This action research study examined the effects of student voice in one high school and the self-reflection of the researcher-administrator involved in the effort. Using three cycles of action research, the researcher-administrator completed a pilot study, implemented a student voice project in one class, and developed a professional development module completed by two other teachers in the school. The researcher-administrator documented personal changes throughout the process. Data was collected through student and adult questionnaires, student and adult interviews, action plans, observations, field notes, and the researcher-administrator’s reflective journal. Data was coded for themes and triangulated to obtain results. The reflective journal was used to analyze the researcher-administrator’s growth. The researcher-administrator derived two themes as important to both students and teachers engaged in the study: student growth and collaboration. Students in the study believed that by having a voice, personal and school change occurred. Teachers involved in the study believed the action research projects implemented made them more effective. The researcher-administrator’s views changed during the study in three major areas: personally, conceptually, and in the development of a Living Educational Theory. There were four outcomes to this action research study: students engaged in this study reported self-growth; students valued their roles as change agents; teachers engaged in the study reported self-reflection helped to make positive changes in practice; and the researcher-administrator evolved as a person and school administrator.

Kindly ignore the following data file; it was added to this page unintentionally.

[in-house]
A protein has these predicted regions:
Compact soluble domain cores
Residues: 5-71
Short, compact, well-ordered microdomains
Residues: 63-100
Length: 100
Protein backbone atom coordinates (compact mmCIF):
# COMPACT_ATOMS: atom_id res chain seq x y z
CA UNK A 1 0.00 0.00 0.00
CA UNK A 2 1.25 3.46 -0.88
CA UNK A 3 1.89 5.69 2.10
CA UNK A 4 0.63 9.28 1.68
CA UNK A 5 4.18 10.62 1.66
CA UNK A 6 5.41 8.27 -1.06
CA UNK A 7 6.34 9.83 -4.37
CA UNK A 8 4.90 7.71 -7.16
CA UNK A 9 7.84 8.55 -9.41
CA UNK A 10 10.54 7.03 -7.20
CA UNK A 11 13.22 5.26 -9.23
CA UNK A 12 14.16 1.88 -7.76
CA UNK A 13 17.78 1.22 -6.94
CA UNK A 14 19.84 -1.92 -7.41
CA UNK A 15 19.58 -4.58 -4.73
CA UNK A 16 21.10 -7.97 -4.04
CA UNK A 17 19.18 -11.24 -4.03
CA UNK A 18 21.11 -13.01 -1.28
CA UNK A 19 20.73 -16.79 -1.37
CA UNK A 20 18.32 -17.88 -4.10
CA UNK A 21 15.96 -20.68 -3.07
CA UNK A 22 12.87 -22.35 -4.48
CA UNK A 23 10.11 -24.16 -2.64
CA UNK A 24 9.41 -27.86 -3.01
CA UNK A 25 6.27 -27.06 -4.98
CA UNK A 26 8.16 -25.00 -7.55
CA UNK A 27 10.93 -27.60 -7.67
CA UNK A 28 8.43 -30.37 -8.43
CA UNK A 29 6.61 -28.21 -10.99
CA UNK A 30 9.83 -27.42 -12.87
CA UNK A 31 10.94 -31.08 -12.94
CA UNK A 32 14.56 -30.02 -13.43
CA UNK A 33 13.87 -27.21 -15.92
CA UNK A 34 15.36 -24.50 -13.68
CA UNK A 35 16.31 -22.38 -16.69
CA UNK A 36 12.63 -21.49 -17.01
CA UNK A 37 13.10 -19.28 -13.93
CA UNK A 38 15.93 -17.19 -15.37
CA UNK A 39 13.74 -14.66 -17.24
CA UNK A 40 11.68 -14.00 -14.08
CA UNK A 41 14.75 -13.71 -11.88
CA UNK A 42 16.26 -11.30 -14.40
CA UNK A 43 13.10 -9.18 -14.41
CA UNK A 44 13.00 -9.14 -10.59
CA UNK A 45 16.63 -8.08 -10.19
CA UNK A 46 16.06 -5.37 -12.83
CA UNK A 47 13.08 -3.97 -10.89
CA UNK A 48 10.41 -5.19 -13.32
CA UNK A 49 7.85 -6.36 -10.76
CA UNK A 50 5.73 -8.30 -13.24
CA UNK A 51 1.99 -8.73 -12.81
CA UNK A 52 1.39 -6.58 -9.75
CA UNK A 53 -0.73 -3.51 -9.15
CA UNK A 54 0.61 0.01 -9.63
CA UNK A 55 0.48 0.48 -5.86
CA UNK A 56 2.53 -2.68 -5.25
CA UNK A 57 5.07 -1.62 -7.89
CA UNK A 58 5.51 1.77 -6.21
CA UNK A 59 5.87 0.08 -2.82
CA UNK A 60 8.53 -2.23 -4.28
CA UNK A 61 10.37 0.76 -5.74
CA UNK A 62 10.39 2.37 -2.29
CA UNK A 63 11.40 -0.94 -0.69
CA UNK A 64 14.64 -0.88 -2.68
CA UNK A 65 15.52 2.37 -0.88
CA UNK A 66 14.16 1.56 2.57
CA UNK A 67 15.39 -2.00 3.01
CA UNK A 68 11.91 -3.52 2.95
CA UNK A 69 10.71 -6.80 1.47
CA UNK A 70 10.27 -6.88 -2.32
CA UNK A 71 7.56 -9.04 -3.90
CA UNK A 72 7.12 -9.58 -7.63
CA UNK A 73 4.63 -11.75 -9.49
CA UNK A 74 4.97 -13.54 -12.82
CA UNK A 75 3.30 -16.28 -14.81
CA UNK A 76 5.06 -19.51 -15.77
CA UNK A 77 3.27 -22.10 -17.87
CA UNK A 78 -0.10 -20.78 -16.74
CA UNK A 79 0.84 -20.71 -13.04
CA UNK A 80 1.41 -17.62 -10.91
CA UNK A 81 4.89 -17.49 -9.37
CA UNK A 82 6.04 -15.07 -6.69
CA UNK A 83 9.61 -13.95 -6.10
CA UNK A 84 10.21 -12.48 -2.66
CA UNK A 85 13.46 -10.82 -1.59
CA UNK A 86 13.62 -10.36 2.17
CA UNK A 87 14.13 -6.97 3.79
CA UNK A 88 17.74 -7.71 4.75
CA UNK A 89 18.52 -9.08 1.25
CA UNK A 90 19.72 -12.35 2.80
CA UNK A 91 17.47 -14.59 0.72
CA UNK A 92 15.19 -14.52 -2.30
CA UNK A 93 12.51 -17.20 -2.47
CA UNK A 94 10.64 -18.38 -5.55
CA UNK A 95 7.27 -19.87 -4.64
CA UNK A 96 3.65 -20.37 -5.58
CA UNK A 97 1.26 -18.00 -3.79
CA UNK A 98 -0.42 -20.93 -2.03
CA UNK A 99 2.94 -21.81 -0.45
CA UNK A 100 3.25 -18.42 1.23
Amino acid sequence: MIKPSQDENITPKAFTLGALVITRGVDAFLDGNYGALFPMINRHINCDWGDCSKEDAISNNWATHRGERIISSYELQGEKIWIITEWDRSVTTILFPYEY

Keywords: student voice, action research, data collection, themes
|School:||University of Bridgeport|
|School Location:||United States -- Connecticut|
|Source:||DAI-A 74/09(E), Dissertation Abstracts International|
|Subjects:||Educational leadership, School administration, Secondary education|
|Keywords:||School leadership, Self-reflection, Student voice|
Copyright in each Dissertation and Thesis is retained by the author. All Rights Reserved
The supplemental file or files you are about to download were provided to ProQuest by the author as part of a
dissertation or thesis. The supplemental files are provided "AS IS" without warranty. ProQuest is not responsible for the
content, format or impact on the supplemental file(s) on our system. in some cases, the file type may be unknown or
may be a .exe file. We recommend caution as you open such files.
Copyright of the original materials contained in the supplemental file is retained by the author and your access to the
supplemental files is subject to the ProQuest Terms and Conditions of use.
Depending on the size of the file(s) you are downloading, the system may take some time to download them. Please be